The crackdown on Tornado Cash, a crypto mixing service, continues a recent trend of regulators using blacklisting as a key enforcement tool. Tornado Cash was blacklisted by the Treasury Department for allegedly helping to launder over $7 billion in cryptocurrencies, some of which are believed to be the proceeds of cybercrimes, and Americans can no longer legally use Tornado Cash as a result. But U.S. authorities are far from being alone in usubg blacklisting as a regulatory tool. Blacklisting individuals, business entities, and even autonomous codes, as was the case with Tornado Cash, to achieve policy outcomes, has also been relevant to the international community’s attempts to stop the Russian war against Ukraine, as demonstrated by the addition of Russian companies to the US trade blacklist. This practice can help improve compliance with or advance the goals of the administration’s agenda without material sanctions or threats. However, blacklisting does not always work as intended.
In a recent article, we examine the law and economics of this practice, including the impact of any related sanctions. Blacklists result in immediate and explicit sanctions, such as those imposed by the U.S. Commerce Department’s Bureau of Industry and Security (BIS). Such sanctions usually interfere directly with the blacklisted companies’ ability to purchase American-made materials. However, blacklists also result in additional, implicit sanctions that make them even more effective. Such sanctions include reputational damage and, increased difficulty getting credit.
The first type of implicit sanction relates to reputation signalling, with reputation playing a central role in compliance with international standards. For example, the United States Financial Crimes Enforcement Network (FinCEN) issued advisories against St. Kitts and Nevis, the Cayman Islands, the Cook Islands, and Liechtenstein one month after they were blacklisted by the FATF in June 2000. These advisories were only withdrawn after the jurisdictions began to comply with the FATF’s anti-money laundering recommendations and were removed from its blacklist.
A second type of implicit sanction concerns mistakes. Once an entity has been added to a blacklist, confusion concerning what type of blacklist this entity is on can arise. Indeed, it is not unlikely that, when investors consider whether to invest in a firm, they will confuse the blacklist of BIS for that of the FATF’s list for being non-compliant with anti-money laundering regulation. The third implicit sanction relates to difficulties in raising credit and problems with the lowering of credit ratings – once added to a blacklist, it is extremely likely that the credit rating agencies are going to lower the credit score of the entity on the list, resulting in difficulties in raising new credit.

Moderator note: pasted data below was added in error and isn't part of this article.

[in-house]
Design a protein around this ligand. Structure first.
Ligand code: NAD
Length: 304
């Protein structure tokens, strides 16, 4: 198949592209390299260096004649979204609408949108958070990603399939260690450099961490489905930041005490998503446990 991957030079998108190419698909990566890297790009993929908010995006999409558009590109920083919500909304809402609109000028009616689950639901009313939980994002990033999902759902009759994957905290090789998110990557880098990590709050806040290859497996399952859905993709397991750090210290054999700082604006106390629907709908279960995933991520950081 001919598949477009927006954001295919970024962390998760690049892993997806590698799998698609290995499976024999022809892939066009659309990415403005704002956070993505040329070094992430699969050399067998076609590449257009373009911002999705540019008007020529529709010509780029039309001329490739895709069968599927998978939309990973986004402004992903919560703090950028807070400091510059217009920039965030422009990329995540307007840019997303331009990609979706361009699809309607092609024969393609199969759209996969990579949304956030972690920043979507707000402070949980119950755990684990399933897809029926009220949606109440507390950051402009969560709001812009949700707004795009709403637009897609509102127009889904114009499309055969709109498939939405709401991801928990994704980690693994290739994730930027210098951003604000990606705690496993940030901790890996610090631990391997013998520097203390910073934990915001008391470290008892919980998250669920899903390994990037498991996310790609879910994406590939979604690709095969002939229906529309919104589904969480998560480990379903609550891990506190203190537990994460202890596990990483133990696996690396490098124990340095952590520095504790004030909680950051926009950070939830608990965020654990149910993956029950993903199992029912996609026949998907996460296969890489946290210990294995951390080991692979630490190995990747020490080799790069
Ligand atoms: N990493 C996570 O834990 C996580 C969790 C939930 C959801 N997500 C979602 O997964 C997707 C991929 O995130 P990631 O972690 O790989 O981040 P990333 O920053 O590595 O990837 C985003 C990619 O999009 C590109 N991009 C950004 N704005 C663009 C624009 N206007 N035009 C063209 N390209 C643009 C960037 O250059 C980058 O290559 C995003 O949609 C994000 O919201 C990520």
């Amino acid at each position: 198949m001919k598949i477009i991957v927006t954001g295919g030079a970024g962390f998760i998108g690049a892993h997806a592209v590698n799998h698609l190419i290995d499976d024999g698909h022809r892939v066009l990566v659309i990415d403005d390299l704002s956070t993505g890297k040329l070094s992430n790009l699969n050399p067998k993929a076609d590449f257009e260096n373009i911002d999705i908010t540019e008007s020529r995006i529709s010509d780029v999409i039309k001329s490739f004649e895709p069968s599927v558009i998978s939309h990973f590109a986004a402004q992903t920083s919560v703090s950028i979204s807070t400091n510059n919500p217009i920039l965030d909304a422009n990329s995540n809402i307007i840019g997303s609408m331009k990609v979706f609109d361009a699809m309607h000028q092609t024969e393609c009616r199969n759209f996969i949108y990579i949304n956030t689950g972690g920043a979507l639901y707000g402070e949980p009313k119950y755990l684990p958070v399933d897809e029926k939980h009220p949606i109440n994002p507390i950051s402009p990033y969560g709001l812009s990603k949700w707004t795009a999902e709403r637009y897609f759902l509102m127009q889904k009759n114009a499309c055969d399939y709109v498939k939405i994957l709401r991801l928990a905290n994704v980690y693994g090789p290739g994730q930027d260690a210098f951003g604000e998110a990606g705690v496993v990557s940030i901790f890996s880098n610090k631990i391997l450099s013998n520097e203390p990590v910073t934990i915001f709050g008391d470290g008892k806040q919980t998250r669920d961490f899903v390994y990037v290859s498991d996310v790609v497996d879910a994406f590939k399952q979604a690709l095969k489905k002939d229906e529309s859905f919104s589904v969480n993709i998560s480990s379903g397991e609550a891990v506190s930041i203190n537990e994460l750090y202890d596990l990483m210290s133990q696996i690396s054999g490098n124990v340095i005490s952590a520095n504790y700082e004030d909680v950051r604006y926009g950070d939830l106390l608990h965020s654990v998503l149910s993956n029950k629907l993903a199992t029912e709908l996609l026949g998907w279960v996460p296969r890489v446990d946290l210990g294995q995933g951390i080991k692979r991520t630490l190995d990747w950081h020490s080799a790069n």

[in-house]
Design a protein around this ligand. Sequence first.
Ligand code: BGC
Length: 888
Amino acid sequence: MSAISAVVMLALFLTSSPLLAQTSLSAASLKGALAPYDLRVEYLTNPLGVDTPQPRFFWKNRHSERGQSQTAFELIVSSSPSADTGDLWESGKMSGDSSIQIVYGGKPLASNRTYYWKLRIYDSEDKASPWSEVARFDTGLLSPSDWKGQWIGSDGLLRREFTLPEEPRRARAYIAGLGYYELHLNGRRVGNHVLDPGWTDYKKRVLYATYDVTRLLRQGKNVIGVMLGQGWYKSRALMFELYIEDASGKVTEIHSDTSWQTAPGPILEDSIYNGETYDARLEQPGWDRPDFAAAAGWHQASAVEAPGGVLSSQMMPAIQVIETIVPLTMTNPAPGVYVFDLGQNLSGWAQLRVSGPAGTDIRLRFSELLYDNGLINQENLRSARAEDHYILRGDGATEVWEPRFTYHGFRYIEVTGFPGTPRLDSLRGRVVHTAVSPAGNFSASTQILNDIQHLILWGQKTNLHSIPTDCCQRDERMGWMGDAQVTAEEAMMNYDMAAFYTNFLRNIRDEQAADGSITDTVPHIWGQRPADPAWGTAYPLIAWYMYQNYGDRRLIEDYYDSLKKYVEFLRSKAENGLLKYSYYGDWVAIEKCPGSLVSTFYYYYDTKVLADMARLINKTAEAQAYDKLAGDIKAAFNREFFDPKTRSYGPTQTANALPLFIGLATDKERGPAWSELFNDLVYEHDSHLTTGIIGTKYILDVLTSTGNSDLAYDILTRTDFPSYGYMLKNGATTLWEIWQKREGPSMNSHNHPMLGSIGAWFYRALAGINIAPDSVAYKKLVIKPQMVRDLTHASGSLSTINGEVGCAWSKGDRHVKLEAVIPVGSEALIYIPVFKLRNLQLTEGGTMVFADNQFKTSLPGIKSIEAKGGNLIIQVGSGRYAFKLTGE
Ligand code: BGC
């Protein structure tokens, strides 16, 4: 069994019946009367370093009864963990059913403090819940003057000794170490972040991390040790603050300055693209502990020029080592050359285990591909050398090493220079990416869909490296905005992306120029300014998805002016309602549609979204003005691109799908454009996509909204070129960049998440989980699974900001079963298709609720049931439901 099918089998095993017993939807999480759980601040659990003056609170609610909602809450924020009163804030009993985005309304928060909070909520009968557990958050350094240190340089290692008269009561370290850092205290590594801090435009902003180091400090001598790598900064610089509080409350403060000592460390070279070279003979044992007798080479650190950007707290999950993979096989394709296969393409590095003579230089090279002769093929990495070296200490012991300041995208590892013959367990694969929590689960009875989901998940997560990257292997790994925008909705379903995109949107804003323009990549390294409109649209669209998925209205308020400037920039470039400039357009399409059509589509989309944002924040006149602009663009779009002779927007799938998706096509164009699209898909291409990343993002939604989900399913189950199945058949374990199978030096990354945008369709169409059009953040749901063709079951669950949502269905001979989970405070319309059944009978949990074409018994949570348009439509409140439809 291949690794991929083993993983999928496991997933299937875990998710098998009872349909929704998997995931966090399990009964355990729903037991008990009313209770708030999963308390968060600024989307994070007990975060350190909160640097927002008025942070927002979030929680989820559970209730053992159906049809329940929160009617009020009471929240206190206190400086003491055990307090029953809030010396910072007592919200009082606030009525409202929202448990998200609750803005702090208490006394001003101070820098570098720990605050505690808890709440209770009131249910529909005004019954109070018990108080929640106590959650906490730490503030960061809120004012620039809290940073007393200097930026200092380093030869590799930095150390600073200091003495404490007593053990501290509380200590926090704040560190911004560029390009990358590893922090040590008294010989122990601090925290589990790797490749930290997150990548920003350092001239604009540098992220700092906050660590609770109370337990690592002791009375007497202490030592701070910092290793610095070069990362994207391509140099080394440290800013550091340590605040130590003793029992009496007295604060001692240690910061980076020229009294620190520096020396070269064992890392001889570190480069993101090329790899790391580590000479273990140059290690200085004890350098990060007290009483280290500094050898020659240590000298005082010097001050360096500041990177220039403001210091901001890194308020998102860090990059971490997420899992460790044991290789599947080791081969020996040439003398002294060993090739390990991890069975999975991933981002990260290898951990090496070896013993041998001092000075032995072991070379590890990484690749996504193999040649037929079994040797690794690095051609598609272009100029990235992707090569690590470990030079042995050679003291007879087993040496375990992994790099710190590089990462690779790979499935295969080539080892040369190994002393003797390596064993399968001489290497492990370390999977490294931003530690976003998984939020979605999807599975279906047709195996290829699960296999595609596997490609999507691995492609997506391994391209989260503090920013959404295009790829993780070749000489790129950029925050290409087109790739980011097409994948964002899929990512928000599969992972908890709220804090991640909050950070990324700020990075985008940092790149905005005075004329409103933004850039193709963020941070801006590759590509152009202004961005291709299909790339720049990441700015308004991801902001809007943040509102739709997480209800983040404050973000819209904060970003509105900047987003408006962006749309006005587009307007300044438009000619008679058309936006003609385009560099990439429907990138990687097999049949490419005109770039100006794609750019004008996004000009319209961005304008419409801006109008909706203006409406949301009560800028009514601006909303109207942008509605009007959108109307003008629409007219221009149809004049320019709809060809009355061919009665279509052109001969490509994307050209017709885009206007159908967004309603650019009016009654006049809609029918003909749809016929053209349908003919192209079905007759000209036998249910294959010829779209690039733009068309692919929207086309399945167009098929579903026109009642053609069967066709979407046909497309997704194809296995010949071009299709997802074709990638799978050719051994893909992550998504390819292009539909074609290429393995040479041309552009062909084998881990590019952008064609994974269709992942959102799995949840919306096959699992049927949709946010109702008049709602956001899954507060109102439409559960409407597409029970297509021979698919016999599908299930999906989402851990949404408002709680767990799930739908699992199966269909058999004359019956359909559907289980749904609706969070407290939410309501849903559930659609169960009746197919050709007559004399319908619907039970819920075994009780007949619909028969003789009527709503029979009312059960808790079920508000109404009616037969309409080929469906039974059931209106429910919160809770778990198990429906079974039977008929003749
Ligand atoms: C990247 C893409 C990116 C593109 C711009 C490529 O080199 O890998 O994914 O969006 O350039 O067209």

In addition to analyzing different types of sanctions, we argue that, when using corporate blacklisting, regulators should be aware of the important distinction between corporations that would become blacklisted after participating in illegal activity, or failing to comply with binding legal requirements, and corporations that would become blacklisted for moral or ethical reasons. In the first instance, other sanctions beyond the obvious ones should be emphasized and included. After all, regulators need to be able to make business entities view breaking the law as not worth it. Therefore, additional sanctions can and should include policing and punishing the individuals responsible for initiating, directing, or committing the crimes on behalf of the relevant business. In the second instance, however, regulators should focus on making clear their expectations for compliance, before resorting to blacklisting. Otherwise, moral standards can often be unclear, and it can be confusing to understand where we should draw the line. For example, should the Burger King parent company be blacklisted for not closing its restaurants in Russia during the war with Ukraine, as many other American businesses did?
Moreover, given how unclear moral standards can be, we argue that, in the second instance, when dealing withmoral or ethical standards, regulatory blacklisting is similar to regulation by enforcement, which has long been criticized, and rightfully so. Indeed, in cases of regulatory blacklisting based on vague reasons, regulators and administrations could more effectively deter entities and persons from engaging in undesired behavior by making sure that the factors that drive decisions to blacklist are clear, transparent, and able to be challenged before blacklisting is imposed.
This post comes to us from Professor Nizan Geslevich Packin at the City University of New York’s Baruch College, Zicklin School of Business, and a senior lecturer at the Faculty of Law at the University of Haifa, and Dr. Hadar Y. Jabotinsky at the Hadar Jabotinsky Center for Interdisciplinary Research of Financial Markets, Crises and Technology. It is based on their recent paper, “The Law and Economics of Blacklisting,” available here.